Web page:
This feeling is intensified by Segal's arresting and articulate playing on the opener "Odd Dance" which takes pianist Anthony Coleman's re-working of Sephardic melodies a step ahead, and Segal's most beautiful lullaby solo piece for his daughter, "Blues For Lihi." On most other pieces however, Segal becomes more of a sideman. Examples include his tribute to the Brazilian composer Hermeto Pascoal, the Brazilian-tinged "Cristal," or when he shares the leadership roles with flutist Remko de Landmeter, who stresses a very gentle, almost new-age, attitude on "Mediterranean" where the interesting introduction of bassist Vasilis Stefanopoulos resembles a Middle-Eastern oud lost in the soft flute solos, or "Little Tango" which lacks the passionate feeling and drama of a real tango.
It is not that de Landmeter is not a capable musician as his restrained playing on "Indian Blues" proves focusingly mainly on the Indian flute (bansuri), he has enough space to develop his musical ideas. But on most other pieces the concept of encompassing so many rich musical traditions in short songs fails to have the same musical and emotional impact.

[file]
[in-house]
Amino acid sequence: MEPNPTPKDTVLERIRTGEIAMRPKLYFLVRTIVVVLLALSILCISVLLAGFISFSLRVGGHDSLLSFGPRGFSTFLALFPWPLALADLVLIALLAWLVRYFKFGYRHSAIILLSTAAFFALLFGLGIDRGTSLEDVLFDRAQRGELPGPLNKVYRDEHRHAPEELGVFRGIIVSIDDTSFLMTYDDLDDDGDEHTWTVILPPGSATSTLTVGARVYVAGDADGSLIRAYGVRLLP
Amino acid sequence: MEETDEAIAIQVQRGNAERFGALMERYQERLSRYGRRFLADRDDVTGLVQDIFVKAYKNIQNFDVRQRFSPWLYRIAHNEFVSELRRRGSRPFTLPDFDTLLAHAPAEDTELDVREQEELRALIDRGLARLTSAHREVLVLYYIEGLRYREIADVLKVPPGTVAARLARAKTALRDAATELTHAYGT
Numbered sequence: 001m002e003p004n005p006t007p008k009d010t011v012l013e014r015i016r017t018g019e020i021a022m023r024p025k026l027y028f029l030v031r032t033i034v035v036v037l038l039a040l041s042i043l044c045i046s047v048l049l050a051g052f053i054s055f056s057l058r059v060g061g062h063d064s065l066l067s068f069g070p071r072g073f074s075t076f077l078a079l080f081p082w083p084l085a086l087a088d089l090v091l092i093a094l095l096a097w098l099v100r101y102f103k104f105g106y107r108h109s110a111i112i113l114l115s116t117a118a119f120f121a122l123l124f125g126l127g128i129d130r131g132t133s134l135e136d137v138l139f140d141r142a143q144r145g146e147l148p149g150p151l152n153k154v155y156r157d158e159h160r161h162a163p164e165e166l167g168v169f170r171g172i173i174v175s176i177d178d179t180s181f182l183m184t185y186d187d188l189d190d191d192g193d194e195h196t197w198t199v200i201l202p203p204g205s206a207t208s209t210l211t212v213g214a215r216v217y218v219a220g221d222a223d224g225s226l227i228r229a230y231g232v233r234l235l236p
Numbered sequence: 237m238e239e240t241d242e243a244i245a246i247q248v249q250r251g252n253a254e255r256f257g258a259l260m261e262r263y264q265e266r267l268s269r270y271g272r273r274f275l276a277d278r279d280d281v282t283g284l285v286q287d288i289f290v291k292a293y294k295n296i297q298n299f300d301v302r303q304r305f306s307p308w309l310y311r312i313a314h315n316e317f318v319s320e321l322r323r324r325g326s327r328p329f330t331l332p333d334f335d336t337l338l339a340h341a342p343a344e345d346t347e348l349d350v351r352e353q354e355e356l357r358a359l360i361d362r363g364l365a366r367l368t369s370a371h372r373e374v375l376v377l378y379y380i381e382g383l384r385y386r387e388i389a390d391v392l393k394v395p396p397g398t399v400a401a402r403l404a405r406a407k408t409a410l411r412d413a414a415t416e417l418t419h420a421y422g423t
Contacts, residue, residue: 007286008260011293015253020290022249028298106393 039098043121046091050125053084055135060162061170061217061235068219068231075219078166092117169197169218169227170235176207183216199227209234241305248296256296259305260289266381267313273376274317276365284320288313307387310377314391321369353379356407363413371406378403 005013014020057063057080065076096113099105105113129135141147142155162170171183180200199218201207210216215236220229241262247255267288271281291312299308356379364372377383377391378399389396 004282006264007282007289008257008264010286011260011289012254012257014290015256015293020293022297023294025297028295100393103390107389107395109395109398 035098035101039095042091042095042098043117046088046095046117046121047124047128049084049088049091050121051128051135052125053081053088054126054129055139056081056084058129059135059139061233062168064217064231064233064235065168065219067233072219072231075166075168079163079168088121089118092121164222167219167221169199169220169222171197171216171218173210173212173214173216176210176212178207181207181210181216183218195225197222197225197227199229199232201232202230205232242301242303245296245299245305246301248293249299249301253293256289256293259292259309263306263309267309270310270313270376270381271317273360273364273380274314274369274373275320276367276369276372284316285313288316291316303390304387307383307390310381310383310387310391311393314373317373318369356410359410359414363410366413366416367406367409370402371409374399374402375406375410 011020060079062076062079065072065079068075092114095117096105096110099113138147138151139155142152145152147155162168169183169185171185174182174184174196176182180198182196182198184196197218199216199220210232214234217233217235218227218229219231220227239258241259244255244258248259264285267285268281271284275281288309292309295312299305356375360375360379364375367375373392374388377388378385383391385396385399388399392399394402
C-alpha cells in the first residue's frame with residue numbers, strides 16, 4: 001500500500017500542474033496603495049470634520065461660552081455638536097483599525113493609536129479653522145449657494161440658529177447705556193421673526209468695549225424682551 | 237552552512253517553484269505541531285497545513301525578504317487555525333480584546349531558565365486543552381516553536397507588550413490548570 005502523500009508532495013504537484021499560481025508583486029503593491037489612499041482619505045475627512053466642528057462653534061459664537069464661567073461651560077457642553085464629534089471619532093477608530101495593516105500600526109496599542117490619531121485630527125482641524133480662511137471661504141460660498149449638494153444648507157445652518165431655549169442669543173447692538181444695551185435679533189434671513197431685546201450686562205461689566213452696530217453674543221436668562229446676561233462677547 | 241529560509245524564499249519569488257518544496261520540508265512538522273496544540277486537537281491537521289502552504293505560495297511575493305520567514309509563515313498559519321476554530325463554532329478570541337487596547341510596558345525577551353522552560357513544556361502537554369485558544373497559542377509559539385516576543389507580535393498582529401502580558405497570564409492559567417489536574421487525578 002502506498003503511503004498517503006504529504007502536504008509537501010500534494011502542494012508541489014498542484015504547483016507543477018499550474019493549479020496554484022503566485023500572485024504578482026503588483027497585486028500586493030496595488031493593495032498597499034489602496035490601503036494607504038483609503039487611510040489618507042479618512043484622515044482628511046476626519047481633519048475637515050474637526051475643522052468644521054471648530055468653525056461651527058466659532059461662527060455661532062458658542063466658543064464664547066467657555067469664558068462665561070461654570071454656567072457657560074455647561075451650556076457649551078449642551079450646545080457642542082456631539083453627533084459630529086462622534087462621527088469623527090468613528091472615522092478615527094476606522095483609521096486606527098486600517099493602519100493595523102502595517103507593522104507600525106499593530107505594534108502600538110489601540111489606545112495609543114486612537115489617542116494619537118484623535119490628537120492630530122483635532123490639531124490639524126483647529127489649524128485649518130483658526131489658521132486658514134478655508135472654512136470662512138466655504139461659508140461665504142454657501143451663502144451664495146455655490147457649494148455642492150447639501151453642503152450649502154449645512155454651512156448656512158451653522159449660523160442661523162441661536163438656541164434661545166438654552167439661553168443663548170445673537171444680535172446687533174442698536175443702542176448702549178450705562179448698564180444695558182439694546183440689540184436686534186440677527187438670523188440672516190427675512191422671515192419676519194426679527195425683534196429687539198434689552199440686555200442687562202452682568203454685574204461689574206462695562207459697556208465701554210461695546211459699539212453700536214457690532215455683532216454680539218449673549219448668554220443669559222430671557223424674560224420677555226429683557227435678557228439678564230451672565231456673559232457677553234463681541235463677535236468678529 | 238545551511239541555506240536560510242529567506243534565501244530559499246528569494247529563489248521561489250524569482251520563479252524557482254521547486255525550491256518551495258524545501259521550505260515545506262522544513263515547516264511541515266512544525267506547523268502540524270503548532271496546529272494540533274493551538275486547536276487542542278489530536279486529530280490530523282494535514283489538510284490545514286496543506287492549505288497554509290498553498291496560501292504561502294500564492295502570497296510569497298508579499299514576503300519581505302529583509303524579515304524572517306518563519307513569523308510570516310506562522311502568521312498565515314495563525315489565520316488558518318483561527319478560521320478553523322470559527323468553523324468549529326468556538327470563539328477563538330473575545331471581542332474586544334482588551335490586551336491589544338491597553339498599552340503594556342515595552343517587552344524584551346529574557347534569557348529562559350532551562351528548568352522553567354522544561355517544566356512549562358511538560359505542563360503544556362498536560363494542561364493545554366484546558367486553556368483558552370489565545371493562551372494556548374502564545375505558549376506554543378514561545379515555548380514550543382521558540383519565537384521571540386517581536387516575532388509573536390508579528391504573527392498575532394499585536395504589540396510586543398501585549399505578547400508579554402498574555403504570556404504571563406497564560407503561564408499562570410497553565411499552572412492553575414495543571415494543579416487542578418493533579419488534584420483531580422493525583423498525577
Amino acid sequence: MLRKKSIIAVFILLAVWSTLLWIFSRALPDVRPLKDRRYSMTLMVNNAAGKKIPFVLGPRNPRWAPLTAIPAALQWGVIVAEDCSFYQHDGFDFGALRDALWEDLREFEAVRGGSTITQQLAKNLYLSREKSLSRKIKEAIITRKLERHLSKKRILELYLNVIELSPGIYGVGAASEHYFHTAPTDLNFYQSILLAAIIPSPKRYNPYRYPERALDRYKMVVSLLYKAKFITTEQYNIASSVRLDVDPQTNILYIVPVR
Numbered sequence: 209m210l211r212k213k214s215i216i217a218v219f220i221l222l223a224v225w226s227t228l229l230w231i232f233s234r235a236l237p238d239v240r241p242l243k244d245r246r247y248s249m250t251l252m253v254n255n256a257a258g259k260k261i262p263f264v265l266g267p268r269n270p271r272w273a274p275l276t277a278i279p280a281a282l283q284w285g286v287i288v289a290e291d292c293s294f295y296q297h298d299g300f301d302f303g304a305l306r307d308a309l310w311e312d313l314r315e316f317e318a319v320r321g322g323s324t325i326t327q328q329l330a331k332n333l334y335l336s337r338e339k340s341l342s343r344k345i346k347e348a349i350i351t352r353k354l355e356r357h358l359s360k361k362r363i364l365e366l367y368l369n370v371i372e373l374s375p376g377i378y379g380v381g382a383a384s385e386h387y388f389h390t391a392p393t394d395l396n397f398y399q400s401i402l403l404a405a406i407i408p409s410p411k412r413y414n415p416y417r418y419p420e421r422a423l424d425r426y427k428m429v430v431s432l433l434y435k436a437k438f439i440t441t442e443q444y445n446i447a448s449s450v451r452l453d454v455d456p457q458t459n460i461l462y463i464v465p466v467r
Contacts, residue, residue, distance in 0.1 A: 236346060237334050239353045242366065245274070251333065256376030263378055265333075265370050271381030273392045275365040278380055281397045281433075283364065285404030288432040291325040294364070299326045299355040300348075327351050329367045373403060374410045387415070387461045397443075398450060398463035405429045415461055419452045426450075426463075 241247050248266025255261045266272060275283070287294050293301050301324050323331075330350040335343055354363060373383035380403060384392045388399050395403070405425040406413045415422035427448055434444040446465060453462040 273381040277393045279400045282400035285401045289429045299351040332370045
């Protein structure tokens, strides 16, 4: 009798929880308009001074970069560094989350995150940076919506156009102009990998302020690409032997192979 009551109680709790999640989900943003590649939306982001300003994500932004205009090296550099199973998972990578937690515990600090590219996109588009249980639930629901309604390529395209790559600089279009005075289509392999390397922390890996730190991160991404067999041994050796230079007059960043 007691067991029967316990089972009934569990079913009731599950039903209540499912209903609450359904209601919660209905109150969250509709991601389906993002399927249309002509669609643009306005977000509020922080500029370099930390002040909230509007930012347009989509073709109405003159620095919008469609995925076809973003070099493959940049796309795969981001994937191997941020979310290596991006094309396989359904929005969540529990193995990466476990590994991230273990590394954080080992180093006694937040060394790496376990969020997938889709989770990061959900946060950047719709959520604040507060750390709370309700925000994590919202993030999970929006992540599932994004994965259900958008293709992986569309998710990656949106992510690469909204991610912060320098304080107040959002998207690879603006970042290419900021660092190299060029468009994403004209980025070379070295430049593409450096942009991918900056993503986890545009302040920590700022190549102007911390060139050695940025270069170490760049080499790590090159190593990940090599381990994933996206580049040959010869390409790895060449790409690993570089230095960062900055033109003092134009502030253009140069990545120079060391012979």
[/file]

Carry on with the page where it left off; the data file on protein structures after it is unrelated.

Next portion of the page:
The quartet and definitely Segal, has the potential and even the vision, but this recording gives the impression of a light-weight and brief visitor who intentionally avoids deep experiences.
Track Listing: Odd Dance; Hermeto; Musette; Mediterranean; Cristal; Italian Blues; Celtish; Little Tango; The Old New Land; Waltz For Lihi.
Personnel: Sagy Segal: piano; Remko de Landmeter: flute, alto flute, bass flute, bansuri; Vasilis Stefanopoulos: double bass; Mark de Jong: percussion, drums.
Record Label: Self Produced
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